After years of upheaval and controversy, Kenya’s cricketers, with Englishman Tom Sears at the helm, believe they are slowly turning the corner as they eye next year’s World Cup.
The national team are currently preparing at the Nairobi Gymkhana grounds, ahead of their Intercontinental Cup and one-day series against Afghanistan and the United Arab Emirates next month.
The likes of Peter Githuku and Joesph Onyango are among a group of youngsters hoping to scramble for places in the team which is also preparing for next year’s World Cup in the Asian sub-continent.
Expectations are high within the local cricket circles that Kenya, shock semi-finalists in the 2003 World Cup in South Africa, have put their problems behind them. Since being appointed Cricket Kenya (CK) chief executive three months ago, Sears has initiated big changes in the administrative and management structure of the sport in his bid to restore Kenya’s dented image.
His first major task was to bring cohesiveness among the players, who have been at loggerheads with the national administration over contractual issues and team selections.
The national team lost all their World Cricket League matches in the Netherlands last month, and a home series against two India domestic sides, and are already out of the running in the Intercontinental Cup.
“Kenyan cricket has all the ingredients. If you look at the passion here, in terms of the African and Asian population, if enhanced together, there is great potential,” said Sears, a former Derbyshire chief executive and New Zealand cricket business development manager.
He believes lack of resources has held back the development of Kenyan cricket, which has long relied on external funding from the International Cricket Council, but he is quick to blame the local administration for centralizing the game only in the two major towns of Nairobi and Mombasa.
“We need to empower the provinces to do more,” he said, adding: “CK had been doing things wrongly by centralizing the sport. The most effective way to take the game forward is putting the right structures in all the provinces. It is going to take a while.”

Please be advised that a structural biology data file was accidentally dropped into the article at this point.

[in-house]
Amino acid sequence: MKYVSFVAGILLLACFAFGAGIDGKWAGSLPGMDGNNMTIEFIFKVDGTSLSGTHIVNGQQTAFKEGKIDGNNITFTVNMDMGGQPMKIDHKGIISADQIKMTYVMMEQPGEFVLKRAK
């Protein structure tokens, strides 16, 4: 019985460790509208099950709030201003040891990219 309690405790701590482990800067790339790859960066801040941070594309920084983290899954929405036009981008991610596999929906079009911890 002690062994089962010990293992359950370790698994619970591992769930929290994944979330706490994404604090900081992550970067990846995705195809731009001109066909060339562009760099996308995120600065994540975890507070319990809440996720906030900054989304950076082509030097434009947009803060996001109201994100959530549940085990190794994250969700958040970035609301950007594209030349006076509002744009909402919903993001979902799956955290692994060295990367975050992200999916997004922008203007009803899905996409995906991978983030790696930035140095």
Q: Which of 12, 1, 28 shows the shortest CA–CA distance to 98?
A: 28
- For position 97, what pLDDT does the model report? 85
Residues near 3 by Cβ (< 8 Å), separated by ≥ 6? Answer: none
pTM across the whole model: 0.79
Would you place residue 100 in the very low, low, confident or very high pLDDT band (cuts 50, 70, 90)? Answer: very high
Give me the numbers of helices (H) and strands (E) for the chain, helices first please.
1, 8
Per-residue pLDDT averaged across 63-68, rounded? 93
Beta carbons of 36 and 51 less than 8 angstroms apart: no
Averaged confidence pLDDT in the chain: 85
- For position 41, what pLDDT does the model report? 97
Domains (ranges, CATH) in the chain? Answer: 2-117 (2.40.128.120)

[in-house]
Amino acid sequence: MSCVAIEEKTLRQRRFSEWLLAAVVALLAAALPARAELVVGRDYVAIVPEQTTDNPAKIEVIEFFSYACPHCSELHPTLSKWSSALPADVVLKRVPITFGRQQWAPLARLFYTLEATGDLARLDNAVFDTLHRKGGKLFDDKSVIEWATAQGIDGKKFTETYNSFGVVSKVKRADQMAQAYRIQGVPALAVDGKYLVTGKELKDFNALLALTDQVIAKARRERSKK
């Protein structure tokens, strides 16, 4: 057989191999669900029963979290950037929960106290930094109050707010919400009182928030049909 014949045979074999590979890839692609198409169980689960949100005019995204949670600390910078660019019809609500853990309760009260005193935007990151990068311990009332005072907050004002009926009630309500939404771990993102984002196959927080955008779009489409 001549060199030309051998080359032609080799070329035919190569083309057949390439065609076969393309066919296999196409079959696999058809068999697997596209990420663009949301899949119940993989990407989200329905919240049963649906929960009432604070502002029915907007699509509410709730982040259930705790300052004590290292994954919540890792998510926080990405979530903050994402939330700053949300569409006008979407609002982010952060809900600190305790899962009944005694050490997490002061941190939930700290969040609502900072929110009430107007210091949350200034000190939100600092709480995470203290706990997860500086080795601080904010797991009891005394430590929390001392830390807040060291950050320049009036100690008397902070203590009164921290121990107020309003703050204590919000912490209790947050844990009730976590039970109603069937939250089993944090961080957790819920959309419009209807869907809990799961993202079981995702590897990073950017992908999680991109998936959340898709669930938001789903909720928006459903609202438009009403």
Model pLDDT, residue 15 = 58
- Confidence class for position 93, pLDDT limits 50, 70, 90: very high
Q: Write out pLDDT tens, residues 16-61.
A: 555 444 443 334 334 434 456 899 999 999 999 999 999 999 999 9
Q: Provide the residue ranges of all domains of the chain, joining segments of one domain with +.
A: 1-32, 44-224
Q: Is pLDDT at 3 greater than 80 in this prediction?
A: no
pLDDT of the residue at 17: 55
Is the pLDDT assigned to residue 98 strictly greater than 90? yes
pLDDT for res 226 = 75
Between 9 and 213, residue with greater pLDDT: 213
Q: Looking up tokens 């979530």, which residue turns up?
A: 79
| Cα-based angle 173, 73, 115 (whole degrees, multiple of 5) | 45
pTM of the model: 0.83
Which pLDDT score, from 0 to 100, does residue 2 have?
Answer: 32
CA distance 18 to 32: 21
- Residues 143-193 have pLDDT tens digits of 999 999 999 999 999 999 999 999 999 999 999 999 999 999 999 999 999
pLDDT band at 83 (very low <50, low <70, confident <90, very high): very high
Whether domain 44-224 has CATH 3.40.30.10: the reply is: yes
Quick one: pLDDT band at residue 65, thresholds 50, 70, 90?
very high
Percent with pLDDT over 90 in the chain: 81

However, of immediate concern for Sears is to ensure the national team becomes competitive again before the World Cup in India, Sri Lanka and Bangladesh.
He has invited all the potential players to join the training camp at the Nairobi Gymkhana club, and he is looking to boost the team’s coaching staff by employing a foreign batting specialist to assist national coach Eldine Baptiste. He said they have opened doors to all the players to fight for places in the side before the final team for the World Cup is selected in January.
Former national team captain Steve Tikolo, who is now playing club cricket in Zimbabwe, has been recalled to the side, along with Sussex county club seamer Ragheb Aga and opener Seren Waters, and several members of the U-19 team, which finished second earlier this month in the African qualifiers for next year’s World Cup in Namibia.
“From a previous pool of only 15 to 16 players, we now have 25 to 30 players whom we have put on contracts. How they will carry themselves will depend on their performances between now and end of January 2011,” he said.
Kenya is scheduled to host Afghanistan in three one-day series on Oct. 7, Oct. 9 and Oct. 11, before being involved in an another four-match fixture with the UAE in Mombasa later in the month.